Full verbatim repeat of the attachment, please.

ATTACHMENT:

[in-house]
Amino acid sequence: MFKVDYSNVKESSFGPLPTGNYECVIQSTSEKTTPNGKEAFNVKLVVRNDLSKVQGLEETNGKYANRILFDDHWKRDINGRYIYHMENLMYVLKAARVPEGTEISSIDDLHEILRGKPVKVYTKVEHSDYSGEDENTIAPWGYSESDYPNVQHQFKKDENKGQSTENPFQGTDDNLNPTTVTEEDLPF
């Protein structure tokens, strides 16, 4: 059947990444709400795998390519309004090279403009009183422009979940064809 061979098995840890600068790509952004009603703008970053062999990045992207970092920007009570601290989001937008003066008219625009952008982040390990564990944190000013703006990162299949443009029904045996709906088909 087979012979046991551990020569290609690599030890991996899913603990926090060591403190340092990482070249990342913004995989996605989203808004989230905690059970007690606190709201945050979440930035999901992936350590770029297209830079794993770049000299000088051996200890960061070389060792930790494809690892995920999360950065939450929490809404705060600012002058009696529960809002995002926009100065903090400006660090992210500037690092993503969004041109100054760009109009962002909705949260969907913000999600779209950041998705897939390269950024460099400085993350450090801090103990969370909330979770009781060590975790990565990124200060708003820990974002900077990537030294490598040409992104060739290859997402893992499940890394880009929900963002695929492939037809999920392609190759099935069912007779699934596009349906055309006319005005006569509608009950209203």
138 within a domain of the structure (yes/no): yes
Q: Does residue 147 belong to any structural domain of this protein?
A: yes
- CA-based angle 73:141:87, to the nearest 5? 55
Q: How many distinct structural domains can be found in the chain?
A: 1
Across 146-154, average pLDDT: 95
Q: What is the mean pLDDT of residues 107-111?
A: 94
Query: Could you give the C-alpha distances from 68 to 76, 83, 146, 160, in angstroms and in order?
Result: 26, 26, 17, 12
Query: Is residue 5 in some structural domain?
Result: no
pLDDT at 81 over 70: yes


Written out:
[in-house]
Amino acid sequence: MFKVDYSNVKESSFGPLPTGNYECVIQSTSEKTTPNGKEAFNVKLVVRNDLSKVQGLEETNGKYANRILFDDHWKRDINGRYIYHMENLMYVLKAARVPEGTEISSIDDLHEILRGKPVKVYTKVEHSDYSGEDENTIAPWGYSESDYPNVQHQFKKDENKGQSTENPFQGTDDNLNPTTVTEEDLPF
């Protein structure tokens, strides 16, 4: 059947990444709400795998390519309004090279403009009183422009979940064809 061979098995840890600068790509952004009603703008970053062999990045992207970092920007009570601290989001937008003066008219625009952008982040390990564990944190000013703006990162299949443009029904045996709906088909 087979012979046991551990020569290609690599030890991996899913603990926090060591403190340092990482070249990342913004995989996605989203808004989230905690059970007690606190709201945050979440930035999901992936350590770029297209830079794993770049000299000088051996200890960061070389060792930790494809690892995920999360950065939450929490809404705060600012002058009696529960809002995002926009100065903090400006660090992210500037690092993503969004041109100054760009109009962002909705949260969907913000999600779209950041998705897939390269950024460099400085993350450090801090103990969370909330979770009781060590975790990565990124200060708003820990974002900077990537030294490598040409992104060739290859997402893992499940890394880009929900963002695929492939037809999920392609190759099935069912007779699934596009349906055309006319005005006569509608009950209203």
138 within a domain of the structure (yes/no): yes
Q: Does residue 147 belong to any structural domain of this protein?
A: yes
- CA-based angle 73:141:87, to the nearest 5? 55
Q: How many distinct structural domains can be found in the chain?
A: 1
Across 146-154, average pLDDT: 95
Q: What is the mean pLDDT of residues 107-111?
A: 94
Query: Could you give the C-alpha distances from 68 to 76, 83, 146, 160, in angstroms and in order?
Result: 26, 26, 17, 12
Query: Is residue 5 in some structural domain?
Result: no
pLDDT at 81 over 70: yes